The church of Santo Tomás in front of the Chichicastenango market, the church where centuries ago the priest Francisco Ximénez kept his transcription of the Popol Vuh.

 

Situated not too far away from Lake Atitlan, the village of Chichicastenango is still a mystical place where Guatemalans from all around the country come to trade and sell their goods every Thursday and Sunday in a big outdoor market that -in essence- has not changed very much in the last 500 years. There is lots to see, smell and taste. Food vendors sell local dishes with pre-Hispanic origins, such as Pulique, a chicken dish with recado (recado is the Guatemalan word for a complex sauce with a thick texture which is the result of adding corn flour at the end of the cooking process).It is served with -yes- corn tortillas. However, the unique flavour of this recado is provided by the Apazote plant. People believe that Apazote is great to help remove negative forces from the body. For positive forces you should drink Atol Blanco. Atol Blanco is a traditional corn-starch-based thick hot drink. So if you want to prove that you are a mero mero- a really true Guatemalan - and want hear them say "Assa Nigua!" - a Guatemalan expression of admiration- you have to drink lots of Atol. Don´t be surprised if at the end you really believe that you are made of corn.

 

So if you want to prove that you are a mero mero - a really true Guatemalan - and want hear them say "Assa Nigua!" - a Guatemalan expression of admiration- you have to drink lots of Atol. Don´t be surprised if at the end you really believe that you are made of corn.

But one of my favourite recipes from “Chichi” that I often prepare at home is totally corn free: a tasty radish salad with Chicharrones (fried pork rinds) called Cojin Chichicastengo* that I first tasted at a food stall in front of the church of Santo Tomás, the church where centuries ago the priest Francisco Ximénez kept his transcription of the Popol Vuh. 

(*) 
Without Chicharrones (fried pork rinds) the salad is known as Picado de Rabanos and it is a delicious side dish (very close to the mexican Pico de Gallo Salad) that goes well with any kind of grilled meat, adding Chicharrones turns into Cojin Chichicastengo.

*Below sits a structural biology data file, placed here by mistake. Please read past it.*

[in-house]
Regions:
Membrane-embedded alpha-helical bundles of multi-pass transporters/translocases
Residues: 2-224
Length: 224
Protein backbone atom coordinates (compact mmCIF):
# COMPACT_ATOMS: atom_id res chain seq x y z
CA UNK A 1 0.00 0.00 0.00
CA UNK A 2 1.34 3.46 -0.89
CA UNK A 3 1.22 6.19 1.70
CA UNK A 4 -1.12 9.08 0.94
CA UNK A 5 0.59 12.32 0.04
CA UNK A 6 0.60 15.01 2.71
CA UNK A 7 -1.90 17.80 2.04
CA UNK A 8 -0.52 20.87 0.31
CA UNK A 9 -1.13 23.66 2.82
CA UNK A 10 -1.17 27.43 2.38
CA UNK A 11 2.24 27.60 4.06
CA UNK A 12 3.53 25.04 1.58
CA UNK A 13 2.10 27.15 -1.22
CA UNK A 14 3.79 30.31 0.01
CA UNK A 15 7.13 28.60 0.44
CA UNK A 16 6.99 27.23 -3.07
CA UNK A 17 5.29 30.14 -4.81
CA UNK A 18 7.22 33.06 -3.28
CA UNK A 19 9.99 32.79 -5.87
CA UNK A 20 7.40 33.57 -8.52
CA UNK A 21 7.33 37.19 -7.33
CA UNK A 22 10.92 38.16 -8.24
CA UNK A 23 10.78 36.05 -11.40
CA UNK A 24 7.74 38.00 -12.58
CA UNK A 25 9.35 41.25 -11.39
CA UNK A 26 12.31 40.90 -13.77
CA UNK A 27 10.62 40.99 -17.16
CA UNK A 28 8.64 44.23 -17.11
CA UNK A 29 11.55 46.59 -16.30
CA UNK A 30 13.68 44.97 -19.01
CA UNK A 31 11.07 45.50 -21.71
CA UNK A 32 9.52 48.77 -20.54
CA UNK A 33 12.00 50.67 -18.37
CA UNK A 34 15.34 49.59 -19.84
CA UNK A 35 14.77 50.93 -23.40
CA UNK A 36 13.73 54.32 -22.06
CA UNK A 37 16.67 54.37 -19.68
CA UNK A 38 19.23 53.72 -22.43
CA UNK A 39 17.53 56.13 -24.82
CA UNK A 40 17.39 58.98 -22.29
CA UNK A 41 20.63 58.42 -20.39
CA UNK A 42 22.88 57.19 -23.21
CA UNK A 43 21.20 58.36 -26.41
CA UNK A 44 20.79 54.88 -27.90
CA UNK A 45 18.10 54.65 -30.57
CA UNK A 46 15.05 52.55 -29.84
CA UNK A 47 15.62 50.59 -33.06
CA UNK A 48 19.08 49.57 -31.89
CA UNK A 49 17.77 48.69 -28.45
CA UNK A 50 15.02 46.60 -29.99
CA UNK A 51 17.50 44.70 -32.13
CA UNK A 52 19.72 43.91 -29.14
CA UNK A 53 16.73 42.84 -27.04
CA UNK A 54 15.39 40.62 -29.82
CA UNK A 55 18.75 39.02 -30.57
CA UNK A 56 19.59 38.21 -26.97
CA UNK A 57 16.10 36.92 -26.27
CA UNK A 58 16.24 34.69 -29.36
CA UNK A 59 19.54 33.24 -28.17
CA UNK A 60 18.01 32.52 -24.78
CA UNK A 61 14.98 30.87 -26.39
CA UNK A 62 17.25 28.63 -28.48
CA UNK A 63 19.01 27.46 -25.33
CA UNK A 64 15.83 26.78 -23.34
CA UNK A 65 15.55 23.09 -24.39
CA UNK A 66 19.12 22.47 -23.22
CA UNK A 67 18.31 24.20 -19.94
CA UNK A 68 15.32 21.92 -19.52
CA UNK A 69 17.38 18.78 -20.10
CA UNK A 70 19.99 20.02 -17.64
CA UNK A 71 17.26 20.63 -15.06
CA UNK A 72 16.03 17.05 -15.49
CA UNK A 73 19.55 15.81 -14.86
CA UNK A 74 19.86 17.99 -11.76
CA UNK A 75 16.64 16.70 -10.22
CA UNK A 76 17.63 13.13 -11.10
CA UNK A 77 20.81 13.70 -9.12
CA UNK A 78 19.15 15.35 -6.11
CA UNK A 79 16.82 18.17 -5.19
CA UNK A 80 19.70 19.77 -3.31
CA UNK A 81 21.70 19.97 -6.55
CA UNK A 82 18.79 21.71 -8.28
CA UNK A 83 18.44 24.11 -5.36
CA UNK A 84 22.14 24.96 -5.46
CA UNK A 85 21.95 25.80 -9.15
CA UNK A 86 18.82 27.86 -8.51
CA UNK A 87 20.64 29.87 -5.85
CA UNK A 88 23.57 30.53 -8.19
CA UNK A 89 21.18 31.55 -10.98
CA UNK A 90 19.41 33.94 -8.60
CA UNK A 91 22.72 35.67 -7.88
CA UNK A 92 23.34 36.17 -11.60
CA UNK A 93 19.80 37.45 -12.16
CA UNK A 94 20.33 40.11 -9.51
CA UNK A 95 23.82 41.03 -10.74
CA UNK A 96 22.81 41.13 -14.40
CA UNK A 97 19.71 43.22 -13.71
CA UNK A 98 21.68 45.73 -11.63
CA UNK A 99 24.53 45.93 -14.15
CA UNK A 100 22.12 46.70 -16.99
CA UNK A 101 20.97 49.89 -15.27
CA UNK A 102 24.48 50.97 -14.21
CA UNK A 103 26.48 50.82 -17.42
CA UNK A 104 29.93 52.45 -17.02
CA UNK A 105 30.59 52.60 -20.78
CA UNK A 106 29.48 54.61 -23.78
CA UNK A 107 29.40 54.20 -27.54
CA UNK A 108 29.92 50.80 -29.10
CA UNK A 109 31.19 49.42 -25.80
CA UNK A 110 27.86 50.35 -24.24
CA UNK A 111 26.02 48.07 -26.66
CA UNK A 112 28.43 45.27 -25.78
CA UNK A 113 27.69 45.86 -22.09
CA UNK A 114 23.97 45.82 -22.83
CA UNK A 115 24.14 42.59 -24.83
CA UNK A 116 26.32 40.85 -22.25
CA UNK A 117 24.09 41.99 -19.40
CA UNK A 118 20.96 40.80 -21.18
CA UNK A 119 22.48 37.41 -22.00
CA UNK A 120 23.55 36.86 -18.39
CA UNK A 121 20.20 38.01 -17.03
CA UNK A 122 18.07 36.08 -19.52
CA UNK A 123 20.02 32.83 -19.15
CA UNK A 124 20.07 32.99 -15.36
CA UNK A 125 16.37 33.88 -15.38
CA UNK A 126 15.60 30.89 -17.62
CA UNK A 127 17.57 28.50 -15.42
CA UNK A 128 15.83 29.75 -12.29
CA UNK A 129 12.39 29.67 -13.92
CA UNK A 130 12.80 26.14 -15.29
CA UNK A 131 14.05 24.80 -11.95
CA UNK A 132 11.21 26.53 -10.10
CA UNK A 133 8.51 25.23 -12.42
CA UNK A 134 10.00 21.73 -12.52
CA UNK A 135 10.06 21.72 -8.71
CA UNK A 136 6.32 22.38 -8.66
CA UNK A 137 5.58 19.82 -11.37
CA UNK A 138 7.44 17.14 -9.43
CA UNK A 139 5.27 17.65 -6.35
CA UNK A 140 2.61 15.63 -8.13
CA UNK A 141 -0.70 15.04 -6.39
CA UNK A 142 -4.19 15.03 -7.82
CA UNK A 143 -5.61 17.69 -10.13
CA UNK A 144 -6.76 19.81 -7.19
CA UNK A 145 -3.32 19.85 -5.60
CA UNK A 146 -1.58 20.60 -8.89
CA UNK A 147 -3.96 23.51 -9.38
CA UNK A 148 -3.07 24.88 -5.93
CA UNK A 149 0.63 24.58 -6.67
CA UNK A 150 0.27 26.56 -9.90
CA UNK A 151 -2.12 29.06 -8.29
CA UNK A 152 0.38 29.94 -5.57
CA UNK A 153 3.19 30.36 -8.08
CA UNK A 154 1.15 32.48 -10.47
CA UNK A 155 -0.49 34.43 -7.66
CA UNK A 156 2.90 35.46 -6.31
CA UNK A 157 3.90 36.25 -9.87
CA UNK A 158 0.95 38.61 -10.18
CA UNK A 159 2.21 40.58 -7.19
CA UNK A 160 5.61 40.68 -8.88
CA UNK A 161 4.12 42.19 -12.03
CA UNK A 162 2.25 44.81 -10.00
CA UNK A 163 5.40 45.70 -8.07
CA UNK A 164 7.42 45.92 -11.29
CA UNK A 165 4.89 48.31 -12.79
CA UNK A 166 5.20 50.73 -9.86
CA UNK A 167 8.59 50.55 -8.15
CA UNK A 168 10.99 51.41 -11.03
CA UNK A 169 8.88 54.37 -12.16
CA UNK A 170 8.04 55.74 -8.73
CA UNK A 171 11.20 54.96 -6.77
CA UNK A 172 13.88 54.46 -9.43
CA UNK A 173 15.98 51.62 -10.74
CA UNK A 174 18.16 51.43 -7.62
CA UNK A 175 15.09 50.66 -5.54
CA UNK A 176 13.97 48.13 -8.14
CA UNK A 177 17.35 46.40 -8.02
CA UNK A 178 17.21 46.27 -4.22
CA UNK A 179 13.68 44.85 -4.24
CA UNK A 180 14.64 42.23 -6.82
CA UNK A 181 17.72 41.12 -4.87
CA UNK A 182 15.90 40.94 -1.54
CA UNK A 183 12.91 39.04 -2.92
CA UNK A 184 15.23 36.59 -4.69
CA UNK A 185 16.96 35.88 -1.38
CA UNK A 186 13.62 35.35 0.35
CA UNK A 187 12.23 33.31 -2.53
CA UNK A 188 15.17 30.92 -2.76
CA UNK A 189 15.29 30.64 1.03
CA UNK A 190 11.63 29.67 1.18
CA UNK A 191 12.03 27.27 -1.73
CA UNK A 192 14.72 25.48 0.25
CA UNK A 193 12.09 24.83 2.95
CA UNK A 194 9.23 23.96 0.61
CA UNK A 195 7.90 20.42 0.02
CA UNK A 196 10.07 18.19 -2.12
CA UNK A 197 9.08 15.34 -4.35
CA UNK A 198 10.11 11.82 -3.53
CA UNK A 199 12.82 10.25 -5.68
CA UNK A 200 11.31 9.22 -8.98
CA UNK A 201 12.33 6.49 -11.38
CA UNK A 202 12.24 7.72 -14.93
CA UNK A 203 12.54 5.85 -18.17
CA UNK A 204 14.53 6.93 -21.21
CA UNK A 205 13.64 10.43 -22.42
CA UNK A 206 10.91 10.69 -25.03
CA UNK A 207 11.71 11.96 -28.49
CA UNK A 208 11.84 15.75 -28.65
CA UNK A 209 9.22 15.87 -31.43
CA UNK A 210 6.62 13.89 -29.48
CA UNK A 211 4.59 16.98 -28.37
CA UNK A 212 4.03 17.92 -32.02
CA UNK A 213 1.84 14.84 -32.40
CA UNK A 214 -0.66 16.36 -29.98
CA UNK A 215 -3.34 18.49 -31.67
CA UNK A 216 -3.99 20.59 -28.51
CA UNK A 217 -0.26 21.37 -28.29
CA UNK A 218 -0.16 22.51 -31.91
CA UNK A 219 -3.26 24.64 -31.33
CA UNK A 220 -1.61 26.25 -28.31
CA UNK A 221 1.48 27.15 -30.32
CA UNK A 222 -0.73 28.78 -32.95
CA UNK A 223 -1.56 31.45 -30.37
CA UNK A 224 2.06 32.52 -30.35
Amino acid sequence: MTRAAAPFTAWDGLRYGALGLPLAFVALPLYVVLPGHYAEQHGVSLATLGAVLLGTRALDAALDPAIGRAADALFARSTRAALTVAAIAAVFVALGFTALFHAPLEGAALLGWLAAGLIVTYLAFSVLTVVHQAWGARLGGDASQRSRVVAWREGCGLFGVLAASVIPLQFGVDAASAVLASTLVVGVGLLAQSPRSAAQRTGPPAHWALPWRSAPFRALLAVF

© Text, Artwork and Photography by Fred Mel / Eatnologist

 
 
Chicken Bus Recipe

That Recipe on my Mind | Guatemala

 

Guatemalan Chicken with Pineapple Recipe

Ingredients:

2 tablespoons olive oil or 2 tablespoons vegetable oil
3 -3 1⁄2 lbs broiler-fryer chickens, in pieces
1 medium onion, chopped
2 cloves garlic, minced
1 pineapple, cut in 1 inch cubes or 1 (20 ounce) can unsweetened pineapple chunks, drained
1⁄2 cup dry sherry
2 tablespoons vinegar
1 teaspoon salt
1⁄4 teaspoon ground cinnamon
1⁄4 teaspoon ground cloves
1 dash pepper
2 medium tomatoes, coarsely chopped
hot cooked rice (can cook concurrently so all is ready at the same time)

 

How to prepare:

Heat oil in lg skillet; cook chicken on med heat until brown on all sides-- approx 15 min.
Remove chicken, cook onion& garlic in remaining oil until onion is tender, stirring frequently.
Return chicken to skillet.
Mix all remaining ingredients except tomatoes (and rice!); pour over chicken.
Bring to a boil, reduce heat, cover, and simmer 20 min.
Add tomatoes; simmer, uncovered, until thickest pieces of chicken are cooked through-- approx 20 min.
Serve with rice.

 
 
 
Guatemala's Food Markets

+++Sketching

 
 
 
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Notes from Tikal

Exploring | El Peten, Guatemala

 
 
 
 
 
Tamales

Tamales

 
 
Kak Ik, an ancient Mayan dish, originally from the Cobán region.

Kak Ik, an ancient Mayan dish, originally from the Cobán region.

 
 
Chirimoya (or Cherimoya) and Plantains

Chirimoya (or Cherimoya) and Plantains

© Text and Photography by Fred Mel / Eatnologist